The ‘sweet spot’ for an out-of-body experience is when your mind is awake but your body is drifting into sleep — and it’s early afternoon, plus I’ve had two coffees.

In today’s workshop, we are learning the ‘self-initiated out-of-body experience.’ Anyone can attend a one-off workshop, though some participants are regulars. I’m surprised many of the 35 men and women in my group look surprisingly down-to-earth.

In Netflix’s Behind Her Eyes (above, Eve Hewson, Tom Bateman and Simona Brown), out-of-body experiences, or astral projections, are used as a way to spy on people 

Were it not for the pandemic, this would be a face-to-face session in London, but Zoom has enabled people to attend from all over the world. 

Jade tells me some people manage an out-of-body experience after just one workshop; for others it takes months of practice. However, Jade believes it’s a skill anyone can learn.

She says astral projection can also occur spontaneously when mind or body is under threat, or at a crossroads in life. ‘It happens in a trance-like state, when we’re deeply relaxed, but it can happen in a heightened state of anxiety, too,’ she says.

A sign of being on our astral way is experiencing a ‘vibrational state’, a feeling or ‘sense of internal sounds. It can feel like the bed is shaking,’ says Jade.

Next step is ‘a visceral state of separation from the body. It’s a sense of exiting. From here, we can travel to different places and dimensions. People feel this sense of floating or flying through space, or walls’.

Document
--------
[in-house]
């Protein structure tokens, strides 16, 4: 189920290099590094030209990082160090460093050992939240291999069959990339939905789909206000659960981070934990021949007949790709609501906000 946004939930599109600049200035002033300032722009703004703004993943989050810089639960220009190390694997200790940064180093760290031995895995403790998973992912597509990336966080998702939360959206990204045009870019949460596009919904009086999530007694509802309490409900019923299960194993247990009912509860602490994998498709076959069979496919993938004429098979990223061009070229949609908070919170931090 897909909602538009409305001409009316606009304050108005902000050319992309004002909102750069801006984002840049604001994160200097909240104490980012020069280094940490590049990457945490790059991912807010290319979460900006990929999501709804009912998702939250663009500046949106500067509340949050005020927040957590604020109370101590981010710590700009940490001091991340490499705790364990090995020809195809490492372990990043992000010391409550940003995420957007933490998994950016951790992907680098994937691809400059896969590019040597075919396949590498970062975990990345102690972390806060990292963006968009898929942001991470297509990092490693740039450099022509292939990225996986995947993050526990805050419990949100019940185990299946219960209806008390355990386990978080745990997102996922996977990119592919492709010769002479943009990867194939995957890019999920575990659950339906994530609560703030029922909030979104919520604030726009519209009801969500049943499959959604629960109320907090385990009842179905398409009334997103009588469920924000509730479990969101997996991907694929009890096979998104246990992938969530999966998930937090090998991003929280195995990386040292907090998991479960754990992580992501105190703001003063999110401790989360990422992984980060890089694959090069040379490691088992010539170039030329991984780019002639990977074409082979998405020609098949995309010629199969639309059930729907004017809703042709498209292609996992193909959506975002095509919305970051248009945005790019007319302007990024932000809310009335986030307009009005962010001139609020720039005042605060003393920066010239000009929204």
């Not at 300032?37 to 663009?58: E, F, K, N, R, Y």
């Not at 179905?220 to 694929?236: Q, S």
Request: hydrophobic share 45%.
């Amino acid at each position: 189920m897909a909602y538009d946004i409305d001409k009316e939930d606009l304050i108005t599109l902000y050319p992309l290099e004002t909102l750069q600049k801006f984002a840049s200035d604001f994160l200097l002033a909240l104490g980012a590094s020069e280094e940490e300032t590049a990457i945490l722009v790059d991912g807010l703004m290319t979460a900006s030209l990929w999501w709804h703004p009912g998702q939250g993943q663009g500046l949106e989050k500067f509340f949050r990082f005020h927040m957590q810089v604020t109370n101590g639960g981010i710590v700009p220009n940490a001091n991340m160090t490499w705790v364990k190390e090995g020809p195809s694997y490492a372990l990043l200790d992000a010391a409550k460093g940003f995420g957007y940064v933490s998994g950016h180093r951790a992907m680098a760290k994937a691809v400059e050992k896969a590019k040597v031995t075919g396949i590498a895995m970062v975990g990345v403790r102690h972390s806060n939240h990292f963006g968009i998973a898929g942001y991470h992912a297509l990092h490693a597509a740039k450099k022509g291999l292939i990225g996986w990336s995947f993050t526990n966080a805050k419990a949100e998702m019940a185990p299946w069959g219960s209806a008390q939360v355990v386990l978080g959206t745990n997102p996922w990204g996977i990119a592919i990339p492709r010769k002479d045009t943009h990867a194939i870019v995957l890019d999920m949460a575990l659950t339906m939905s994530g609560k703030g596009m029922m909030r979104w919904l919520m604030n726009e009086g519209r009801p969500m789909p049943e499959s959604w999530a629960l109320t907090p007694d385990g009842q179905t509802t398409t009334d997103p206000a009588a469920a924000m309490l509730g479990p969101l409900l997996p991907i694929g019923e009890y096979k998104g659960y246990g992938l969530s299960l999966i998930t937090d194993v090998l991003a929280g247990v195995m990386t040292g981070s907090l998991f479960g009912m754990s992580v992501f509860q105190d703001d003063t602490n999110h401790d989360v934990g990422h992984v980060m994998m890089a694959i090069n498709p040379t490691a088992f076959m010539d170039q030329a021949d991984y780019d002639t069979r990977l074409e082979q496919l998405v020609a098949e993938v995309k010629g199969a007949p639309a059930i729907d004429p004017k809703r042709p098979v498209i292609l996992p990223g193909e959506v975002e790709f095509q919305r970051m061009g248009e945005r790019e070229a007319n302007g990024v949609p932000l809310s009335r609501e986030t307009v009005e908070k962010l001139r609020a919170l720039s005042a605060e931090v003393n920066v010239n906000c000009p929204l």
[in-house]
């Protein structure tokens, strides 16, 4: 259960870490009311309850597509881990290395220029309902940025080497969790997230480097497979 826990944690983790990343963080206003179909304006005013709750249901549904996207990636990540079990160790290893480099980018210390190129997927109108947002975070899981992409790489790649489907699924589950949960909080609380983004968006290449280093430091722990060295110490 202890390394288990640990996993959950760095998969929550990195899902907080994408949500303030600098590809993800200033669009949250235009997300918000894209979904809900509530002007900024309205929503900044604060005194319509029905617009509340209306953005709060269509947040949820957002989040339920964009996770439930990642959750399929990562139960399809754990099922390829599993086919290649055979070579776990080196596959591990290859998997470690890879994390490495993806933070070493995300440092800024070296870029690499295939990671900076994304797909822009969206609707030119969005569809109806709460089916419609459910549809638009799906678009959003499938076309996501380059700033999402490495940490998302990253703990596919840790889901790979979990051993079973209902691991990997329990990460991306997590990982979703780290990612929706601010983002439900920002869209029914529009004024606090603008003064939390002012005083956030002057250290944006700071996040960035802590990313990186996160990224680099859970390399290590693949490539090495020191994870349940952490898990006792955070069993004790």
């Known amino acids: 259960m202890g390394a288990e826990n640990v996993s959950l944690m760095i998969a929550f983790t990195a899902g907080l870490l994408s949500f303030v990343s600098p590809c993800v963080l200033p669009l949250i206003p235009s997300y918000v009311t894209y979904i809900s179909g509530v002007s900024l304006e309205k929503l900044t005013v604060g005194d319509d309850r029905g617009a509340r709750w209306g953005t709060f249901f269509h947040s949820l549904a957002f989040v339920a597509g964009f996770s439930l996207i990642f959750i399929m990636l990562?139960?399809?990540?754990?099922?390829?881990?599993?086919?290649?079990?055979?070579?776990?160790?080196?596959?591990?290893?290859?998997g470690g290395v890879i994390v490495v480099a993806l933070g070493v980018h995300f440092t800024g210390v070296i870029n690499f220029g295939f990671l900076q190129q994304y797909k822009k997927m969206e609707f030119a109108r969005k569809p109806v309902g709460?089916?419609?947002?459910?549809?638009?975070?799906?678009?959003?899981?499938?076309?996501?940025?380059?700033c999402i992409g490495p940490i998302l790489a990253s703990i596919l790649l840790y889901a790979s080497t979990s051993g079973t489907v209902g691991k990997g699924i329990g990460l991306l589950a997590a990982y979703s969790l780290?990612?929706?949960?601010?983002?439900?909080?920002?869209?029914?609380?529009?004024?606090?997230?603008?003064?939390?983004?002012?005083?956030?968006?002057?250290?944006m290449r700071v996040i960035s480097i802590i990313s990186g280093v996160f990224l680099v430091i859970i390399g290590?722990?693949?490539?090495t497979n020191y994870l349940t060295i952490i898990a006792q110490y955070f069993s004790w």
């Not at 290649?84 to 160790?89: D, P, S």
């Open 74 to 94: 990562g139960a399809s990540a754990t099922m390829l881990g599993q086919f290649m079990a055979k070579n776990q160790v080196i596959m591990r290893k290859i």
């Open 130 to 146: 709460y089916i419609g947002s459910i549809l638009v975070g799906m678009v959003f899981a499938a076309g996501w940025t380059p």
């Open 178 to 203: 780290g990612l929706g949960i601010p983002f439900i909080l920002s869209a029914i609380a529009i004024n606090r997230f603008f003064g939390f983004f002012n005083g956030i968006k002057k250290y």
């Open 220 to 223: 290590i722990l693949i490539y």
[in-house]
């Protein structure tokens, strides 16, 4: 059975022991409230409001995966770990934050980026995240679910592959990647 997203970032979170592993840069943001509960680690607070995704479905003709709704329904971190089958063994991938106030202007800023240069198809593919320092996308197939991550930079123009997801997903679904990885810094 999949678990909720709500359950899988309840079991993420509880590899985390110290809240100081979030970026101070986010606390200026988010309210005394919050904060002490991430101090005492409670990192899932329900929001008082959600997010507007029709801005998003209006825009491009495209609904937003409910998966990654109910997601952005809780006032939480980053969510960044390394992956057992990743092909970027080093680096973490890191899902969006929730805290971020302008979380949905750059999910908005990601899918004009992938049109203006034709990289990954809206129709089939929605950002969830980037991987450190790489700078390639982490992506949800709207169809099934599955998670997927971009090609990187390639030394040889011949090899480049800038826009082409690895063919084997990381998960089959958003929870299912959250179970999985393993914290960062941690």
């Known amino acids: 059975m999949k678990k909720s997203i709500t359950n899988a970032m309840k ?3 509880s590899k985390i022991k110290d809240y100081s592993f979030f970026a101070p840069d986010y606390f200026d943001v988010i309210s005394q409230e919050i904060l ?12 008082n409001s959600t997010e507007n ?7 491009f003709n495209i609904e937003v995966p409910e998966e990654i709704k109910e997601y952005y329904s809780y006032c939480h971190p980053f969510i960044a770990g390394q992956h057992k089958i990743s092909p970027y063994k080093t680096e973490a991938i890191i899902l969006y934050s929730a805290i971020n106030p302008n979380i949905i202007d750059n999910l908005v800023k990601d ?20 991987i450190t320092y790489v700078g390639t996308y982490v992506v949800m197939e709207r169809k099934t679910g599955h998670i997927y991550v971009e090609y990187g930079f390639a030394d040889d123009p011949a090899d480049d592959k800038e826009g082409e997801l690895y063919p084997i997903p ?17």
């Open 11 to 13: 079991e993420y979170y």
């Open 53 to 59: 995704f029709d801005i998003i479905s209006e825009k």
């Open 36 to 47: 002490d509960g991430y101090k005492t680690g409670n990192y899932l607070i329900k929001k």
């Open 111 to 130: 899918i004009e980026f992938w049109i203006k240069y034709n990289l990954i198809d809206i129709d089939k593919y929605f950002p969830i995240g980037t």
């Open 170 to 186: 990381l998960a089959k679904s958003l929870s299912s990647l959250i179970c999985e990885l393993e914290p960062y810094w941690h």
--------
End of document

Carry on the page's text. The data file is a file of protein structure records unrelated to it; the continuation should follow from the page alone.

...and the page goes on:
Jade reassures us that, despite what film or TV may imply, you can’t get ‘stuck’ outside your body. ‘You always come back. It’s not always a smooth return. You may get a crash landing.’

But is this actually possible? Jade quotes the Dalai Lama as saying that ‘consciousness can be trained to leave the physical body,’ but Wikipedia isn’t so sure, noting that an out-of-body experience ‘assumes the existence of a soul called an ‘astral body’ separate from the physical body and capable of travelling outside it’.

It also states that astral projection has been called a ‘pseudo-science’. Another suggestion is that it may be a hallucination or false memory.

‘Sceptics say it’s your brain generating a new reality based on your memory and imagination,’ says Jade. ‘But that doesn’t account for verified experiences.’

But how is it possible to verify an event that takes place in your mind? ‘People see something in their out-of-body experience, like a door number, that they then visit, and find it to be the same — despite never having been there before.

‘Some people visit friends during astral projection and later find a friend was doing what they saw at that same time.’

Jade, who’s from Yorkshire, describes herself as ‘a sceptical mystic’ but, in 2014, she experienced an out-of-body experience that ‘changed her life’.